SET UP OFFICE HOURS: I write—or at least attempt to write—every morning, at the ungodly hour of 5:00, when I’m the freshest. I type away a bit on my manuscript, answer a few emails, send a few twitter messages, and down a gallon or so of coffee. From 8:00 to 10:00 that night, I wash, rinse, repeat. Ditto for Saturday and Sunday mornings. It’s a bit painful, but it works. And slowly but surely, I chop away at my novel.
Of course, there are times when I have to miss office hours, but I really try to plan this in advance, so I can still get my core hours in. So, if Mrs. V wants me to spend ALL DAY SATURDAY looking for the perfect shade of (overpriced) granite for our kitchen, I’ll do this, as long as I get those hours back on Sunday.
And here’s the other thing with office hours—you have to be heartless when it comes to distractions. If the phone rings, don’t answer it. If the spouse knocks on the door, promising chocolate and ice cream, don’t open it. If you hear little Johnny attacking little Kevin with a baseball ball, well, let them go at it, and consider it a life lesson (and really, little Kevin will be just fine with one kidney).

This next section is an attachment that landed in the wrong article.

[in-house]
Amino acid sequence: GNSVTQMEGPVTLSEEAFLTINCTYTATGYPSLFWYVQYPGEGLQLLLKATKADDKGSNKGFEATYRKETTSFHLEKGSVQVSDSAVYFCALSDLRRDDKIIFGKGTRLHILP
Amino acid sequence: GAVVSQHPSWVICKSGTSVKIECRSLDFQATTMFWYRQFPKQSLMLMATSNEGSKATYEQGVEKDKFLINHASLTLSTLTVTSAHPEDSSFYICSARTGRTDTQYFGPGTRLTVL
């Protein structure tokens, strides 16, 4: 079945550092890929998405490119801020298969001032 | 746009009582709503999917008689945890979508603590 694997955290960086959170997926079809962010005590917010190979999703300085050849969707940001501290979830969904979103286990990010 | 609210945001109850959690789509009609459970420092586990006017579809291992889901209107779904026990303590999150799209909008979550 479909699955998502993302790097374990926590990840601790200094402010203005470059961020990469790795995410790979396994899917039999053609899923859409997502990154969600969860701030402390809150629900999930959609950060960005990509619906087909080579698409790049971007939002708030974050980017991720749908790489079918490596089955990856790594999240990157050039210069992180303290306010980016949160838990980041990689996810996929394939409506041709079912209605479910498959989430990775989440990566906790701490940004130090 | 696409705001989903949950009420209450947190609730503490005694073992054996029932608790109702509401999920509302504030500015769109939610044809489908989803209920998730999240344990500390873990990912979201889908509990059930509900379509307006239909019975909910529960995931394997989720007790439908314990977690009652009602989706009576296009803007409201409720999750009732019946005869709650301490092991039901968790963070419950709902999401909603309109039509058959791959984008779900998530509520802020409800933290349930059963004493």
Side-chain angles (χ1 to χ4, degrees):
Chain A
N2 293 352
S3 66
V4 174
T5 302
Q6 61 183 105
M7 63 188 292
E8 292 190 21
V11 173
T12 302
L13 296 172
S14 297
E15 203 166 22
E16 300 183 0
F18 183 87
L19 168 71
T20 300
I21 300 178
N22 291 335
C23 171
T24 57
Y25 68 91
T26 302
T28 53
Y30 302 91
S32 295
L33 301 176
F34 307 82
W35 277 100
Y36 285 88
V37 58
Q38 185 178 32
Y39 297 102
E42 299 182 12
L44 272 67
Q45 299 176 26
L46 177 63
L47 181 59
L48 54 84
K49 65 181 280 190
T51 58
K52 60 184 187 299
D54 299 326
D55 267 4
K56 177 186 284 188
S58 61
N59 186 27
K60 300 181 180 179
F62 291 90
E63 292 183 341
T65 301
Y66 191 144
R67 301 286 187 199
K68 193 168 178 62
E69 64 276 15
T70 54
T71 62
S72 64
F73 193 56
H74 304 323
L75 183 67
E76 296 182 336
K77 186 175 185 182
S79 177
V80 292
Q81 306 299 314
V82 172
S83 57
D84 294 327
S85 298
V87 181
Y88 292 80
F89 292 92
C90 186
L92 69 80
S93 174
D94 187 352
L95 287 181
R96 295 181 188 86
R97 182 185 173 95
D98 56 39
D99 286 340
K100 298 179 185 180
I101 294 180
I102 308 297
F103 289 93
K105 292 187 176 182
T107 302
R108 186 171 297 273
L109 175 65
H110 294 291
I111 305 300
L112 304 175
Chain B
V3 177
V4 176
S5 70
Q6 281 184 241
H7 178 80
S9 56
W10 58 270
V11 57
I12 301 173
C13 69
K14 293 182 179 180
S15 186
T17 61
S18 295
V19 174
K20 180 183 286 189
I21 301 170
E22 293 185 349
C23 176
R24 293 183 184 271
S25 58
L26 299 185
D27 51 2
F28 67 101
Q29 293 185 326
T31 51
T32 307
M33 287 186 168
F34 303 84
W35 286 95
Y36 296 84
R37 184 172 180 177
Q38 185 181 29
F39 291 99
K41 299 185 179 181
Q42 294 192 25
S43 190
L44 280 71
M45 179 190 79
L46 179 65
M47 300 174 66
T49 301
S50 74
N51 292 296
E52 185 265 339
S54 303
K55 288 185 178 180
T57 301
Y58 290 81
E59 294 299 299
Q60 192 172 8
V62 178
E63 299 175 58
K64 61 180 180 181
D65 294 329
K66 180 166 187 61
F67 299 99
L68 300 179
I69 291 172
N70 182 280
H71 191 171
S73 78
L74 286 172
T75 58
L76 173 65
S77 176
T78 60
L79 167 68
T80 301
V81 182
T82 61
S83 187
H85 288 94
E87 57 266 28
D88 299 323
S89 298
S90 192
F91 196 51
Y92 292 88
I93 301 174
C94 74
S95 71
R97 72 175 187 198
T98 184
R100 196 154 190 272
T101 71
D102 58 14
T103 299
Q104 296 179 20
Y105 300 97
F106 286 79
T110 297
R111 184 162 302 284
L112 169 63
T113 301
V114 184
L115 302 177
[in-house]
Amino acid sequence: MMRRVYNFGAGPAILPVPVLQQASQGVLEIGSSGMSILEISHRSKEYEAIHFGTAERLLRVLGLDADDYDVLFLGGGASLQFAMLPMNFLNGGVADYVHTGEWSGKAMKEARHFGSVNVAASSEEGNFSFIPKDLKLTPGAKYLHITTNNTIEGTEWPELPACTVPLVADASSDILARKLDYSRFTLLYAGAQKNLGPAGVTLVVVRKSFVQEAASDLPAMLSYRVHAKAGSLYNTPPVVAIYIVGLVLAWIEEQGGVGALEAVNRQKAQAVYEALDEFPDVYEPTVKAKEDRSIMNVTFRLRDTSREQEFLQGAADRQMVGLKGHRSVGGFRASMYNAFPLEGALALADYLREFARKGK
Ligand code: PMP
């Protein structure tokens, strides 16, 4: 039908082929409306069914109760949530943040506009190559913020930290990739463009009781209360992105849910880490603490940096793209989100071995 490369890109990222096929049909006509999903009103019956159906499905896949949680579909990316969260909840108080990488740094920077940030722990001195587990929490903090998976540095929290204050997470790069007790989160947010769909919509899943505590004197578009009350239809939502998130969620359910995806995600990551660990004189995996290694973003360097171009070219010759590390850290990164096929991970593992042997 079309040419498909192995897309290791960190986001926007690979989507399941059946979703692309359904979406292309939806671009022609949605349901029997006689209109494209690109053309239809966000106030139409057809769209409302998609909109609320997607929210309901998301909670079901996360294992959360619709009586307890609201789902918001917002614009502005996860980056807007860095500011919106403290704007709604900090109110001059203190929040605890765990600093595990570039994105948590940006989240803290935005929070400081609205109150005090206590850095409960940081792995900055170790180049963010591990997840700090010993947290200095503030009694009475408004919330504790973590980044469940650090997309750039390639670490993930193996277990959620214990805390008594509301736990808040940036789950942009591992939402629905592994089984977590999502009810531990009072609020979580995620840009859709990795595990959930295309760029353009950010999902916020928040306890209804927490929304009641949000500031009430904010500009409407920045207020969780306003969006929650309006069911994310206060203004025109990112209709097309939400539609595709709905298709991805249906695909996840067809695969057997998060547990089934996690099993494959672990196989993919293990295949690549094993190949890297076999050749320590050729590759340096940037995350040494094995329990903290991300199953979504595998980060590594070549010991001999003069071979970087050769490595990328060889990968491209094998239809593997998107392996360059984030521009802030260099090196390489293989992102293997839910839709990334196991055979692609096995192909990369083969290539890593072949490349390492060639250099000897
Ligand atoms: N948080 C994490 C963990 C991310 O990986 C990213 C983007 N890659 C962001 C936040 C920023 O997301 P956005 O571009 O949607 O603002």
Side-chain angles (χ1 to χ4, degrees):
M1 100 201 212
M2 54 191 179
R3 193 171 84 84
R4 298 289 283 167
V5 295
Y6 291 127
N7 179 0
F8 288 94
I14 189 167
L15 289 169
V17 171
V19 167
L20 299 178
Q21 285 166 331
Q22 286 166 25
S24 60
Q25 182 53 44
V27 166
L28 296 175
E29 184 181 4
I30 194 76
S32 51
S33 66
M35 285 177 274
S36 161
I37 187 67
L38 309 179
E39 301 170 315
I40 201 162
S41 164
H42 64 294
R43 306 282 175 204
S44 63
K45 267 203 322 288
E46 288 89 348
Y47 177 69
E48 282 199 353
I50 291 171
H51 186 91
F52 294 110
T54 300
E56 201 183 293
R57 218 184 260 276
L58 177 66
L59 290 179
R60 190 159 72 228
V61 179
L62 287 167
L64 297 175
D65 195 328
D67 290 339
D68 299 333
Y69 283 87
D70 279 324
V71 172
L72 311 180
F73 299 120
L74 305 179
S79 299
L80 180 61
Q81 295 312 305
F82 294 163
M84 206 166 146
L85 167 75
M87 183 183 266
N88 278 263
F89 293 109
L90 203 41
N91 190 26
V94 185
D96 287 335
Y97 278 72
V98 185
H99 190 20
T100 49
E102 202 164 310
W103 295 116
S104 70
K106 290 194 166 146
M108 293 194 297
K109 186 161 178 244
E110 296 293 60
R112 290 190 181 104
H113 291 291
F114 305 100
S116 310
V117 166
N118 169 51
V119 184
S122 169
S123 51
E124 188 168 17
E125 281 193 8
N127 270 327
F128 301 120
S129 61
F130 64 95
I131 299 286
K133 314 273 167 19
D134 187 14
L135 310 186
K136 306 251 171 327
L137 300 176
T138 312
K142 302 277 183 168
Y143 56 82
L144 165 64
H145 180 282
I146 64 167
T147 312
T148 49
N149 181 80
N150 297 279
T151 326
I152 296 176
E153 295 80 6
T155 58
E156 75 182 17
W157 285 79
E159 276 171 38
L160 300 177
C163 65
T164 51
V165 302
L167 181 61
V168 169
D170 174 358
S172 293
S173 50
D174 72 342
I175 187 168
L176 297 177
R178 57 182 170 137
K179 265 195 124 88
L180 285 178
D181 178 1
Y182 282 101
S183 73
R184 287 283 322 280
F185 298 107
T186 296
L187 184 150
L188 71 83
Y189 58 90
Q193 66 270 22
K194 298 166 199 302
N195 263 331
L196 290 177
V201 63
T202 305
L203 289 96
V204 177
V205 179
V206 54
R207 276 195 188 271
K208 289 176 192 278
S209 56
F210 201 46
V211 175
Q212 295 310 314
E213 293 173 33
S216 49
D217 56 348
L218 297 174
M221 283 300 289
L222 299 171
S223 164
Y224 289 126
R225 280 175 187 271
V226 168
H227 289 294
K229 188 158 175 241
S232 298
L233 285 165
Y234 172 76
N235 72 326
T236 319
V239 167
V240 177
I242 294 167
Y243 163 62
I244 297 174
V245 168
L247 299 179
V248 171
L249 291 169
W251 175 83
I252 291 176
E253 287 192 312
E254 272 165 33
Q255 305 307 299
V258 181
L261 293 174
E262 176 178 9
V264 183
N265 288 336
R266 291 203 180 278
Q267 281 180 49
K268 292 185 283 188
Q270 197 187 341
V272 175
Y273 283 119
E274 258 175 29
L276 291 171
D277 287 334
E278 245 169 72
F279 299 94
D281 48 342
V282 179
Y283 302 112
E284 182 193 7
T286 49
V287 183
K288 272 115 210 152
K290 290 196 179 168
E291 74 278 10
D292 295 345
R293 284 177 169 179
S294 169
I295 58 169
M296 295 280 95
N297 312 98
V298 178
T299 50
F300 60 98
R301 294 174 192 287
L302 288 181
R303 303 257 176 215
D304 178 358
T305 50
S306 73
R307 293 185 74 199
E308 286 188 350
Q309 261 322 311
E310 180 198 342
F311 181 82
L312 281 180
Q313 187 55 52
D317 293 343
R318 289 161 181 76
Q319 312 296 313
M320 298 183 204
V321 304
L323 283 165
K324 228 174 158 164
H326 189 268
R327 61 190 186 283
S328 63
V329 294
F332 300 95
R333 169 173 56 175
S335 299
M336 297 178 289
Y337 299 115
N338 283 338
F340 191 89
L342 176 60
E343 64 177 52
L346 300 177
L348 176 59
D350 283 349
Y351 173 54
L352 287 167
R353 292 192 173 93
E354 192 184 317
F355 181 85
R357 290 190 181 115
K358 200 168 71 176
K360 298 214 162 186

When it comes to protecting your writing time, you have to be cold. Heartless. Merciless. Ruthless. Remember, you’re not Fredo Corleone. You’re Michael.
SET UP REALISTIC GOALS: I used to think I was the type of author that could crank out 20,000 words a month. Ha! If I get 30 decent pages written, I’m usually ahead of the game.
TURN OFF THE INTERNET: I find Twitter, Facebook, and blogging an important part of being a published author. But when I find myself spending more time on Wikipedia than on my manuscript, I turn off the Wi-Fi on my laptop. And when that doesn’t work, I unplug the router.
DON’T GET JEALOUS OF OTHER AUTHORS: Everyone’s situation is different. Some authors make enough money from their books or have a home situation which enables them to write full-time. Some don’t. That’s just the way it is. There’s no point in pouting about it, because I’ve tried that, and believe me, that crap doesn’t fly with Mrs. V. All you can do is figure out what works for you, and do it.
FIND A WRITING COMMUNITY: You can’t stay holed up in your writing cave forever. You eventually have to come out, bath, and interact with the real world. When you do, it’s helpful to hang with other people that feel your pain. I consider my critique group meetings like a form of group therapy, where we spend the first hour or so either celebrating successes or talking about how screwed up this industry is. Plus we drink a lot of wine and eat chocolate.
MAKE TIME HOWEVER YOU CAN: In order to stick around in this business, you have to really want to do it. You have to want to write more than you want to play Wii Sports, more than you want to sleep, more than you want to hang out with your friends as you watch Matthew McConaughey movies.
It’s lonely. And a lot of times it sucks. But sometimes . . . it doesn’t suck. And sometimes it’s even fun. And if you work hard enough, and maybe with a bit of luck, you’ll finish a manuscript or two or three.
Again, this is what works for me. I’d love to hear if anyone else has any ideas.
- At some point in the future I will write a whole post about it. [↩]